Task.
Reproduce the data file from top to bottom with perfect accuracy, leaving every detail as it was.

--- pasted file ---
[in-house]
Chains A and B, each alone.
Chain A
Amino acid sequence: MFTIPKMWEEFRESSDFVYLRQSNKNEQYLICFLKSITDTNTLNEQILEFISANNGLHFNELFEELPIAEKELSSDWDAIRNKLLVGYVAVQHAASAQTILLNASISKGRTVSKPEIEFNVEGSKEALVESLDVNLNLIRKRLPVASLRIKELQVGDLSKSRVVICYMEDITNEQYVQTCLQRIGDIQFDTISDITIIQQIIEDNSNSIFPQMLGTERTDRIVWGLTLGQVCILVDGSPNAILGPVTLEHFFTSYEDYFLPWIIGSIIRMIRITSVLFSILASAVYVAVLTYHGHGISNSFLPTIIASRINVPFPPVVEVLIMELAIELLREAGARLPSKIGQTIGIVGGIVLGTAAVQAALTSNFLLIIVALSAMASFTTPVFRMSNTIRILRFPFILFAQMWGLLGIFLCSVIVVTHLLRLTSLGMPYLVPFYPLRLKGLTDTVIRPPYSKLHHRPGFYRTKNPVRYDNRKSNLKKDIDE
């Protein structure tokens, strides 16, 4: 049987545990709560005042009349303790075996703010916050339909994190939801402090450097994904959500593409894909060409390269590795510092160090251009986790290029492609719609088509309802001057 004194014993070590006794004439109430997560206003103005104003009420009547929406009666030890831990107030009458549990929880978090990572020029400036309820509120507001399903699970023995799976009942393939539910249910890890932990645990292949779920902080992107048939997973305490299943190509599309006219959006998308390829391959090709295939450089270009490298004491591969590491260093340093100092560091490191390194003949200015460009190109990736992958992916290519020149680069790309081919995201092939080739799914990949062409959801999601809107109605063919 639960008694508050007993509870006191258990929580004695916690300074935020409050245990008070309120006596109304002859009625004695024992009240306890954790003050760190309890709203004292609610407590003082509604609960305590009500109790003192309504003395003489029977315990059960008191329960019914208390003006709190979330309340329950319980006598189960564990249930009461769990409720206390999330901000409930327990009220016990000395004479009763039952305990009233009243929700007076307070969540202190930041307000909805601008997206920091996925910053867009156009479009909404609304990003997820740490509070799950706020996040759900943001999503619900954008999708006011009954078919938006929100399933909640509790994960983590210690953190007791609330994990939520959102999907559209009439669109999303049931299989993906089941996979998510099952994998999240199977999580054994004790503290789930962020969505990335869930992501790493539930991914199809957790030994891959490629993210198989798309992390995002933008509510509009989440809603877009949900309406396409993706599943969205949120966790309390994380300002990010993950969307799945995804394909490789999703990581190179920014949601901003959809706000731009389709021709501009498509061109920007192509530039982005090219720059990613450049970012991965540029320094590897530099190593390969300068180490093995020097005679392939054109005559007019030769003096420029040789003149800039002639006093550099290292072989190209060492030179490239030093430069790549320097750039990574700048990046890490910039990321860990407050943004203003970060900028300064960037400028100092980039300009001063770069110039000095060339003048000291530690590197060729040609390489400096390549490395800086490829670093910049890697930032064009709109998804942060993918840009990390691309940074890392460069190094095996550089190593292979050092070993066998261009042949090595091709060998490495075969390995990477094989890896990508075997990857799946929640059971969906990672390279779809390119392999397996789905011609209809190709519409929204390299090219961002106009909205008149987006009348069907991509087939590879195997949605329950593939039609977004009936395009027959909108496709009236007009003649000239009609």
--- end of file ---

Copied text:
[in-house]
Chains A and B, each alone.
Chain A
Amino acid sequence: MFTIPKMWEEFRESSDFVYLRQSNKNEQYLICFLKSITDTNTLNEQILEFISANNGLHFNELFEELPIAEKELSSDWDAIRNKLLVGYVAVQHAASAQTILLNASISKGRTVSKPEIEFNVEGSKEALVESLDVNLNLIRKRLPVASLRIKELQVGDLSKSRVVICYMEDITNEQYVQTCLQRIGDIQFDTISDITIIQQIIEDNSNSIFPQMLGTERTDRIVWGLTLGQVCILVDGSPNAILGPVTLEHFFTSYEDYFLPWIIGSIIRMIRITSVLFSILASAVYVAVLTYHGHGISNSFLPTIIASRINVPFPPVVEVLIMELAIELLREAGARLPSKIGQTIGIVGGIVLGTAAVQAALTSNFLLIIVALSAMASFTTPVFRMSNTIRILRFPFILFAQMWGLLGIFLCSVIVVTHLLRLTSLGMPYLVPFYPLRLKGLTDTVIRPPYSKLHHRPGFYRTKNPVRYDNRKSNLKKDIDE
């Protein structure tokens, strides 16, 4: 049987545990709560005042009349303790075996703010916050339909994190939801402090450097994904959500593409894909060409390269590795510092160090251009986790290029492609719609088509309802001057 004194014993070590006794004439109430997560206003103005104003009420009547929406009666030890831990107030009458549990929880978090990572020029400036309820509120507001399903699970023995799976009942393939539910249910890890932990645990292949779920902080992107048939997973305490299943190509599309006219959006998308390829391959090709295939450089270009490298004491591969590491260093340093100092560091490191390194003949200015460009190109990736992958992916290519020149680069790309081919995201092939080739799914990949062409959801999601809107109605063919 639960008694508050007993509870006191258990929580004695916690300074935020409050245990008070309120006596109304002859009625004695024992009240306890954790003050760190309890709203004292609610407590003082509604609960305590009500109790003192309504003395003489029977315990059960008191329960019914208390003006709190979330309340329950319980006598189960564990249930009461769990409720206390999330901000409930327990009220016990000395004479009763039952305990009233009243929700007076307070969540202190930041307000909805601008997206920091996925910053867009156009479009909404609304990003997820740490509070799950706020996040759900943001999503619900954008999708006011009954078919938006929100399933909640509790994960983590210690953190007791609330994990939520959102999907559209009439669109999303049931299989993906089941996979998510099952994998999240199977999580054994004790503290789930962020969505990335869930992501790493539930991914199809957790030994891959490629993210198989798309992390995002933008509510509009989440809603877009949900309406396409993706599943969205949120966790309390994380300002990010993950969307799945995804394909490789999703990581190179920014949601901003959809706000731009389709021709501009498509061109920007192509530039982005090219720059990613450049970012991965540029320094590897530099190593390969300068180490093995020097005679392939054109005559007019030769003096420029040789003149800039002639006093550099290292072989190209060492030179490239030093430069790549320097750039990574700048990046890490910039990321860990407050943004203003970060900028300064960037400028100092980039300009001063770069110039000095060339003048000291530690590197060729040609390489400096390549490395800086490829670093910049890697930032064009709109998804942060993918840009990390691309940074890392460069190094095996550089190593292979050092070993066998261009042949090595091709060998490495075969390995990477094989890896990508075997990857799946929640059971969906990672390279779809390119392999397996789905011609209809190709519409929204390299090219961002106009909205008149987006009348069907991509087939590879195997949605329950593939039609977004009936395009027959909108496709009236007009003649000239009609």